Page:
Facebook earns billions from scam ads, lawsuit alleges

The picture on the left didn’t match what was delivered, on the right.

Facebook profits from advertisements it knows, or should know, are fraudulent, a federal lawsuit filed in  California alleges. The social media giant makes it easy for criminals to target consumers who are not only likely to click on certain kinds of ads, but also likely to follow through with purchases, the case claims.  The firm is “actively soliciting, encouraging, and assisting scammers,” the suit claims.

Alleged frauds include ads for products that never ship, or are substantially different from what is advertised. Fraud rates for some types of ads are as high as 30%, the suit claims.

Not only does Facebook look the other way when such ads are placed, but it has actively recruited suspicious sellers through conferences and other means, the case claims. Lawyers for the plaintiffs seek class-action status for the case, and claim there are potentially millions of victims and Facebook has earned billions of dollars.

Facebook did not immediately respond to a request for comment about the lawsuit (I’ll update the story if needed).

Tech companies have faced allegations they profit off fraud enabled by their platforms for a long time. Journalists have been writing about fake Google Maps businesses for at least seven years.  Instagram fraud had its day in the sun back in 2018. The firms make money off disinformation, too. Recently, I searched for “Can I get the vaccine from my doctor” on Google and was presented with a long list of anti-vaxx links and products for sale.

There have long been questions about how hard these services work to correct these problems. “More than a third (34%) of people that reported a scam ad to Google said it was not taken down while just over a quarter (26%) said the same had happened with Facebook, according to a study published by British consumer group Which?” BusinessInsider has reported.

The recent Facebook case, filed in August, alleges negligence, breach of contract, and breach of covenant of good faith and fair dealing. It builds on the work of several journalists who have written about Facebook ad fraud in recent years — most notably Zeke Faux’s story in 2018, which includes details from a Facebook ad conference that Bloomberg attended; and a Buzzfeed story from last year, titled Facebook Gets Rich Off Of Ads That Rip Off Its Users. 

The California lawsuit claims that “Facebook’s sales teams have also been aggressively soliciting ad sales in China and providing extensive training services and materials to China-based advertisers, despite an internal study showing that nearly thirty percent (30%) of the ads placed by China-based advertisers — estimated to account for $2.6 billion in 2020 ad sales alone — violated at least one of Facebook’s own ad policies.”

It also cites increased social media advertising fraud complaints, driven most recently by stay-at-home orders during the pandemic. “In October 2020, the Federal Trade Commission (“FTC”) reported that about 94% of the complaints it collected concerning online shopping fraud on social media identified Facebook (or its Instagram site) as the source,” the case notes.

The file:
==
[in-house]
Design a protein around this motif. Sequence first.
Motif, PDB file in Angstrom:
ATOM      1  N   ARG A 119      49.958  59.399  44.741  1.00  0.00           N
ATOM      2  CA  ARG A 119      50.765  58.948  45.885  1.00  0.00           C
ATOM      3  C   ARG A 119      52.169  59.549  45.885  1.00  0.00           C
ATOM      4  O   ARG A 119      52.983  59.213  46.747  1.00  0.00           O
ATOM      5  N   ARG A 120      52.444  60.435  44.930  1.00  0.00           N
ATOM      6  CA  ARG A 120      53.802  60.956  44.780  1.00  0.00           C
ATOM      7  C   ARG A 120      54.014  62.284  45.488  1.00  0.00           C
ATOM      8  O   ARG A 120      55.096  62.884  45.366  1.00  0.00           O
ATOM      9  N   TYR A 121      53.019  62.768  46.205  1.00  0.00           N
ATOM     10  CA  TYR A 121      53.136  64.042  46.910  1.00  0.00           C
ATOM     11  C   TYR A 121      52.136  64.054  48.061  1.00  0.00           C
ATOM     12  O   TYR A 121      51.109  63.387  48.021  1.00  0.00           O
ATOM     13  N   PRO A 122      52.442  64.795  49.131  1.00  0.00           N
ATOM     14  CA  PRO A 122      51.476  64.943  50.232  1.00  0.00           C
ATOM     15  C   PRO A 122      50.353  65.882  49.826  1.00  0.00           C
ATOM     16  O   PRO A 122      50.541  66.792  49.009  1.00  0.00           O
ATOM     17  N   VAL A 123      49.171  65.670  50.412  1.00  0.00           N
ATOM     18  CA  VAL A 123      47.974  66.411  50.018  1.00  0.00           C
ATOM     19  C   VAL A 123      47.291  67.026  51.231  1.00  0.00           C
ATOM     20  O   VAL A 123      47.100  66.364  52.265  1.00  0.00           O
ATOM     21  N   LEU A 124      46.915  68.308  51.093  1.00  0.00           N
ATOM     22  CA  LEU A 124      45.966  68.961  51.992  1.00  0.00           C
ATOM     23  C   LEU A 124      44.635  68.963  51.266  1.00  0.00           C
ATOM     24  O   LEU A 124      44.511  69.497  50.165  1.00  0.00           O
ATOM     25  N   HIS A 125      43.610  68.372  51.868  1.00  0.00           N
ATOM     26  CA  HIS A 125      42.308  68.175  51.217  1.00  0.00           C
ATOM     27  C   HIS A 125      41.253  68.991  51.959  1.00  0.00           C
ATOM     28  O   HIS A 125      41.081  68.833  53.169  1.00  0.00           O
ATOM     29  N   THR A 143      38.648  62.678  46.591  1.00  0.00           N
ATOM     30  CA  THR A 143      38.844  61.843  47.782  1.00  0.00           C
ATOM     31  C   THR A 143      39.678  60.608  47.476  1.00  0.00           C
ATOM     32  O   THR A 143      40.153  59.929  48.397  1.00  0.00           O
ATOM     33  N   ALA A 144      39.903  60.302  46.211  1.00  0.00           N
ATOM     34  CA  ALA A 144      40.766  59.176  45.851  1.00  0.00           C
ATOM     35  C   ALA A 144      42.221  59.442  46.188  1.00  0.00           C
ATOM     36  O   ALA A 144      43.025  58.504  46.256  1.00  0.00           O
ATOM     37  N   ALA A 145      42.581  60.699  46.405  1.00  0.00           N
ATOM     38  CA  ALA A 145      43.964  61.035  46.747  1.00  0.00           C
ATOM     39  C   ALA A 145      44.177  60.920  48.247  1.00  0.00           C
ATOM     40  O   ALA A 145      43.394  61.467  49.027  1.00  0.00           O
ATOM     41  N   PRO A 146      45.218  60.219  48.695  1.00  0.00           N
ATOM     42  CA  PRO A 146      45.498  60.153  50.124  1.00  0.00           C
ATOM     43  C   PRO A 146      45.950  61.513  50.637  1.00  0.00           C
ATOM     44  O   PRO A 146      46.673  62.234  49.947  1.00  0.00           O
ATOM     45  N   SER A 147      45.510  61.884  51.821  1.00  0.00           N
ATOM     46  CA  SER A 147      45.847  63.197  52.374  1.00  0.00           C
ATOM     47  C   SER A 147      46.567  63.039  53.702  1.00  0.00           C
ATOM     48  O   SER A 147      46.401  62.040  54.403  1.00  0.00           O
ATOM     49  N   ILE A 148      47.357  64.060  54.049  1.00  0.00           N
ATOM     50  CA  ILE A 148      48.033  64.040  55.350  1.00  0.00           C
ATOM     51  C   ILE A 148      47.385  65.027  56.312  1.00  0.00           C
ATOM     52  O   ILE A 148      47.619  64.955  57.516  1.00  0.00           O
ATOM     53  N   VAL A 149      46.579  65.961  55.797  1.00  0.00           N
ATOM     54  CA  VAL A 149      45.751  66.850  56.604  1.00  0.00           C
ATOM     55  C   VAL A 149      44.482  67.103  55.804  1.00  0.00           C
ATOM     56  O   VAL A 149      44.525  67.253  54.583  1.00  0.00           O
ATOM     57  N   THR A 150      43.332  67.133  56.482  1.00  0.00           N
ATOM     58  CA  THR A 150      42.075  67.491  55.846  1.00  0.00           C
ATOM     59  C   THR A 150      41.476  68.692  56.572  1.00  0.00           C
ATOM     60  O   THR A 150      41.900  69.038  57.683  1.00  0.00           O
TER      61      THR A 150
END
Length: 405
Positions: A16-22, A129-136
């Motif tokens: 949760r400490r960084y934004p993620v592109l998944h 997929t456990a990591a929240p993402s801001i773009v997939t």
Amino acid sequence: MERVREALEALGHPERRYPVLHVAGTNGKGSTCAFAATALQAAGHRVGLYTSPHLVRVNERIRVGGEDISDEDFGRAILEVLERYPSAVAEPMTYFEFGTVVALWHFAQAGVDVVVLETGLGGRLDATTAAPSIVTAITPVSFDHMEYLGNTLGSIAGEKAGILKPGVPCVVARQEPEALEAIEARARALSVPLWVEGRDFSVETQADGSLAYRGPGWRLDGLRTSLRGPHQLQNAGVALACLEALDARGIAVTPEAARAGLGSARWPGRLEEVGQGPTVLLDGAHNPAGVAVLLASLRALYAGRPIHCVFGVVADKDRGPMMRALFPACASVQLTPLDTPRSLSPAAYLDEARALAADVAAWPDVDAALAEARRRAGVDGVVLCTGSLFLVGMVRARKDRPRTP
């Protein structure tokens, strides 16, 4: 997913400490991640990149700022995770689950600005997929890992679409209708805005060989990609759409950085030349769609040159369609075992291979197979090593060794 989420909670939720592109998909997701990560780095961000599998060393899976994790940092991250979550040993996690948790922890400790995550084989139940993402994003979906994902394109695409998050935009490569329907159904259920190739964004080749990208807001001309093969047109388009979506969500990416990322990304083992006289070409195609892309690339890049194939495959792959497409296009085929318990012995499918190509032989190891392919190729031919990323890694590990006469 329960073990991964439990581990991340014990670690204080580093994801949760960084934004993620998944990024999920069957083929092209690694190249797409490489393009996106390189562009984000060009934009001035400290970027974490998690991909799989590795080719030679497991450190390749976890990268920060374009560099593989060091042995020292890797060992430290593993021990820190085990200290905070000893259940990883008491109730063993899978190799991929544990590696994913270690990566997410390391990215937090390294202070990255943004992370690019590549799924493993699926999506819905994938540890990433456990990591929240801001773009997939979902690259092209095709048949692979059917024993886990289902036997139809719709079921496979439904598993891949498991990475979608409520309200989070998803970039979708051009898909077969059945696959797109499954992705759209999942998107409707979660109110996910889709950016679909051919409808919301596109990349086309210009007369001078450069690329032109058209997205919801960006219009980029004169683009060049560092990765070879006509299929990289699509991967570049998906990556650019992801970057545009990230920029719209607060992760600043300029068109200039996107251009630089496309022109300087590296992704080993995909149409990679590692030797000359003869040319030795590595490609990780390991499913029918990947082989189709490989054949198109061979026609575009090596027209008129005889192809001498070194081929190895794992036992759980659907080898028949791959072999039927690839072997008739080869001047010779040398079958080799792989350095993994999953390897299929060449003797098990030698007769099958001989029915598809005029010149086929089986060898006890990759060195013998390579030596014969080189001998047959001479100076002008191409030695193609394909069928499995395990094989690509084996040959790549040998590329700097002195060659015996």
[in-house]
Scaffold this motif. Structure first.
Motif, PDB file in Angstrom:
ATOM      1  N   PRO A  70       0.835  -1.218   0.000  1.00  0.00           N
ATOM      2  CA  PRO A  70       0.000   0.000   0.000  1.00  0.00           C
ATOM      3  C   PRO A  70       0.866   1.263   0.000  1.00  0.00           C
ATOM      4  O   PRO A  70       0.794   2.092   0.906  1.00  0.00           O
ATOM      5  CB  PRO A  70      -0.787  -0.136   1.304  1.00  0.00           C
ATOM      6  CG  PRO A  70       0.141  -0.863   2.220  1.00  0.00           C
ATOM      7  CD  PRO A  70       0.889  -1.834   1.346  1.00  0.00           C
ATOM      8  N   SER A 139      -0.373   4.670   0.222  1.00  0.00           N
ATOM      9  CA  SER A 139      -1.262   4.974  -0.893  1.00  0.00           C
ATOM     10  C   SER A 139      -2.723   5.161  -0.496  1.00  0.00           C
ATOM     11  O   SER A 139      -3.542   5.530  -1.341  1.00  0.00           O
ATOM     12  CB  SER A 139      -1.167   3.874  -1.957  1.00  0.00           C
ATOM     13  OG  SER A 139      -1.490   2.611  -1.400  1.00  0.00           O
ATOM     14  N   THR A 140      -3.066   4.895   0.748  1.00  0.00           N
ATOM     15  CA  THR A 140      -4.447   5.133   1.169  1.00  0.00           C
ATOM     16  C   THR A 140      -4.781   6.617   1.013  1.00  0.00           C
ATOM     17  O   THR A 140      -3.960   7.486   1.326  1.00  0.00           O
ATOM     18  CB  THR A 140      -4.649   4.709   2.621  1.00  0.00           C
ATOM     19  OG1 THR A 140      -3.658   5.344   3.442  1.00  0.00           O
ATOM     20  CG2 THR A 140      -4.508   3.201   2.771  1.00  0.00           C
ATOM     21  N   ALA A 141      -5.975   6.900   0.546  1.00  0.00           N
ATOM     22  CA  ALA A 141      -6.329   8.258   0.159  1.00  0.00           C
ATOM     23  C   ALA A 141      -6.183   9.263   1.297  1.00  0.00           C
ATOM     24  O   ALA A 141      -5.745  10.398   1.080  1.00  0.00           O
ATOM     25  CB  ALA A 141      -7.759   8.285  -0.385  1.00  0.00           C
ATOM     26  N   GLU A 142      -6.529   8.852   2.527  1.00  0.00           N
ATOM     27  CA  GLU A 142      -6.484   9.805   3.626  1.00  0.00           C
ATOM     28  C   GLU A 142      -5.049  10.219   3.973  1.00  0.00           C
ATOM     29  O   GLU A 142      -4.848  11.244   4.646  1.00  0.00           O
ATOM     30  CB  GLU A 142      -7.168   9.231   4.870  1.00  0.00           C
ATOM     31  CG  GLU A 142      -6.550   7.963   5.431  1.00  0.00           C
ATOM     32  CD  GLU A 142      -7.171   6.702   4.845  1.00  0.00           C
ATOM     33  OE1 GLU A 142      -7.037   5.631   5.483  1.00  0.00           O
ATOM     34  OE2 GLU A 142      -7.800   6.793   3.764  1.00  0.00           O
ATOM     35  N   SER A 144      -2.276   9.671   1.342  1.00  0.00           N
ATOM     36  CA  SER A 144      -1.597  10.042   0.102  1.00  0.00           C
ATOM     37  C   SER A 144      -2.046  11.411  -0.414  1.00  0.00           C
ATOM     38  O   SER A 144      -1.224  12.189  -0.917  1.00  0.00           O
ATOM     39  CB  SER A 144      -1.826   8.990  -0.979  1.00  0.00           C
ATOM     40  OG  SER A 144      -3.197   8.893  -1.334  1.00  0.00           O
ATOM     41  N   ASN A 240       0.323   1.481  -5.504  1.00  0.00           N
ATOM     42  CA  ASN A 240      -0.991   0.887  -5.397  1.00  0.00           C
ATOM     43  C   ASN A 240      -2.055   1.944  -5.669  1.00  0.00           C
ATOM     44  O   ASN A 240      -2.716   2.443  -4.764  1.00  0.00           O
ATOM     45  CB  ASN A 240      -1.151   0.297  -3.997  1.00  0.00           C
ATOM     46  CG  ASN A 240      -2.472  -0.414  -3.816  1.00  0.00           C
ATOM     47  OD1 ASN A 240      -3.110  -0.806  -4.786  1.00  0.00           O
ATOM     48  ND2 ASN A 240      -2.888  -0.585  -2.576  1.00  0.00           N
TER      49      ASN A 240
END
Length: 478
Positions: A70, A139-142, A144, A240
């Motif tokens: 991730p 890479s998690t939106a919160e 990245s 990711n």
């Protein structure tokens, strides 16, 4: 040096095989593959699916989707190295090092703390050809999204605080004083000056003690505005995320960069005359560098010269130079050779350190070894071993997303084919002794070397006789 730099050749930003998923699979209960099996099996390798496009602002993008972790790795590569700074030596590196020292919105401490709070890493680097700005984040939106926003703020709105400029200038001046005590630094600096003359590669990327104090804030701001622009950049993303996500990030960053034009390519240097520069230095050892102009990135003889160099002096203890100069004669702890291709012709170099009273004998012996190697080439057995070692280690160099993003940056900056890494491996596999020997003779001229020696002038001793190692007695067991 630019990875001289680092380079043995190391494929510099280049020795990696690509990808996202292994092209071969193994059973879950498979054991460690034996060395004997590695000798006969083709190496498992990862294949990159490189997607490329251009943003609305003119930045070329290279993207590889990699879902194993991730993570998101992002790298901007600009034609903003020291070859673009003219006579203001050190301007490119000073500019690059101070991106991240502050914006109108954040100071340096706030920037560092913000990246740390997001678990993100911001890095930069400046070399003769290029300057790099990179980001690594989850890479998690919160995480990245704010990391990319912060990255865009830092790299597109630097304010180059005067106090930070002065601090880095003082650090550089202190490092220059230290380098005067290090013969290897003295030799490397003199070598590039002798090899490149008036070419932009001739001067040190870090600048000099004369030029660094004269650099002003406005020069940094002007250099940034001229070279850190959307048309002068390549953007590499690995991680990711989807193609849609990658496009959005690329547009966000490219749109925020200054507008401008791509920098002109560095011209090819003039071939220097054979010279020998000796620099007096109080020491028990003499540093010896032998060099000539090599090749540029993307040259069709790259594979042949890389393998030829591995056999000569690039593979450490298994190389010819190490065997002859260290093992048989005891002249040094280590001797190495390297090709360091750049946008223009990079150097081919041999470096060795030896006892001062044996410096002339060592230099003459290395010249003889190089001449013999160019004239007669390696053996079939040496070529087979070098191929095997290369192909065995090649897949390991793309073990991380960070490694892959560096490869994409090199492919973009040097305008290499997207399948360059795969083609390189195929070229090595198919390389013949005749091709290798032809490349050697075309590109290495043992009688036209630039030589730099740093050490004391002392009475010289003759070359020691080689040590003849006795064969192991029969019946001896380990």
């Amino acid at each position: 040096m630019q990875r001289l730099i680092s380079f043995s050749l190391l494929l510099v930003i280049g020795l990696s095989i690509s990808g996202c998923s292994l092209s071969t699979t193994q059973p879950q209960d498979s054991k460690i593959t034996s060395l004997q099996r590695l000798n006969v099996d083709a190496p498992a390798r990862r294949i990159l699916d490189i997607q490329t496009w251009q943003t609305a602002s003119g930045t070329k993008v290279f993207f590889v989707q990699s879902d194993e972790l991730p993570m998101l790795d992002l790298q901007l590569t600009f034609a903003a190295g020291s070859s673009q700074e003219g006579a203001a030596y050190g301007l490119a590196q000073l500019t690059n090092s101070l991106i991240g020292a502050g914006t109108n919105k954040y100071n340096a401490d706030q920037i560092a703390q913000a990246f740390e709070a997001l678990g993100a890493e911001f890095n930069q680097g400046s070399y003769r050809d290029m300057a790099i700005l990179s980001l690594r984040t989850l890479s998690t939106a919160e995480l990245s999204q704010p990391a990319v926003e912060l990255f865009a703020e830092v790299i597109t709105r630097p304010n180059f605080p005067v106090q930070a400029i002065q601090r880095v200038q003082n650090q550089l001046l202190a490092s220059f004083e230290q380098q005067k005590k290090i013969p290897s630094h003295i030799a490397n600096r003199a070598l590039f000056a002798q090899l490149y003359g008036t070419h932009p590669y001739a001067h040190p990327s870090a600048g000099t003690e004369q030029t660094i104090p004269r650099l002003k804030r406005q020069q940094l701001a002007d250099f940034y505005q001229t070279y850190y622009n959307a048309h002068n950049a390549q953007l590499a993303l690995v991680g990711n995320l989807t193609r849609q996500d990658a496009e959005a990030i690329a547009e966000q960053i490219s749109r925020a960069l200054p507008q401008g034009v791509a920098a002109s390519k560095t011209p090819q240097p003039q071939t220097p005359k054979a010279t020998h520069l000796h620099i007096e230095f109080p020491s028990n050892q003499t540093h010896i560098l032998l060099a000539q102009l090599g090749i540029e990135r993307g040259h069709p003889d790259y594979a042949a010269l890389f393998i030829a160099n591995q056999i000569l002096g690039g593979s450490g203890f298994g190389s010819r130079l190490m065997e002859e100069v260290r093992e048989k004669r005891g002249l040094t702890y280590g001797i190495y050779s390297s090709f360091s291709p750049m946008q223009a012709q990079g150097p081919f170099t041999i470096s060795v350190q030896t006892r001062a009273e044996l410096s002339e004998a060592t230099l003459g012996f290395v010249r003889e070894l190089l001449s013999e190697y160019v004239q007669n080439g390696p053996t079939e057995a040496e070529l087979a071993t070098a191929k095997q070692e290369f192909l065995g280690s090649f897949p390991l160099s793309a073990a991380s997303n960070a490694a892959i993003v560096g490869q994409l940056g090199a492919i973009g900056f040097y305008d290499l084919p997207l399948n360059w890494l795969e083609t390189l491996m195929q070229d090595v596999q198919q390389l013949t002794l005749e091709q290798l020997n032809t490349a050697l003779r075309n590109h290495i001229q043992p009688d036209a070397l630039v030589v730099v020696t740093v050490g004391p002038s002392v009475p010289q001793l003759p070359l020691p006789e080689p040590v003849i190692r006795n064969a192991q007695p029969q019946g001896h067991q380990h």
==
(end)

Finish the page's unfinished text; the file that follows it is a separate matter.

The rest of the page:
Facebook denied to Buzzfeed that it profits off fraud. It told the news site: “Bad ads cost Facebook money and create experiences people don’t want. Some of the things raised in this piece are either misconstrued or missing important context. We have every incentive — financial and otherwise — to prevent abuse and make the ads experience on Facebook a positive one. To suggest otherwise fundamentally misunderstands our business model and mission.”

But it’s hard to deny the incentives large tech companies have to look the other way when companies are paying them millions of dollars to get finely-tuned ads in front of users.

In the lawsuit, plaintiff Christopher Calise says he spent about $50 to buy a car engine assembly kit and never received it. He reported the ad as fraud to Facebook, and the social media company took it down, but the alleged scam firm was able to re-place the ad using a slightly different name soon after.   Plaintiff Anastasia Groschen says she responded to an ad for a child’s activity board. When a simple puzzle arrived instead, she complained to the company, only to be instructed that she’d have to pay to ship the puzzle back to China.

The lawsuit seeks monetary damages for all impacted members of the class, and wants the court to force Facebook to make immediate changes to the way it patrols ads.

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About Bob Sullivan 1536 Articles
BOB SULLIVAN is a veteran journalist and the author of four books, including the 2008 New York Times Best-Seller, Gotcha Capitalism, and the 2010 New York Times Best Seller, Stop Getting Ripped Off! His latest, The Plateau Effect, was published in 2013, and as a paperback, called Getting Unstuck in 2014. He has won the Society of Professional Journalists prestigious Public Service award, a Peabody award, and The Consumer Federation of America Betty Furness award, and been given Consumer Action’s Consumer Excellence Award.

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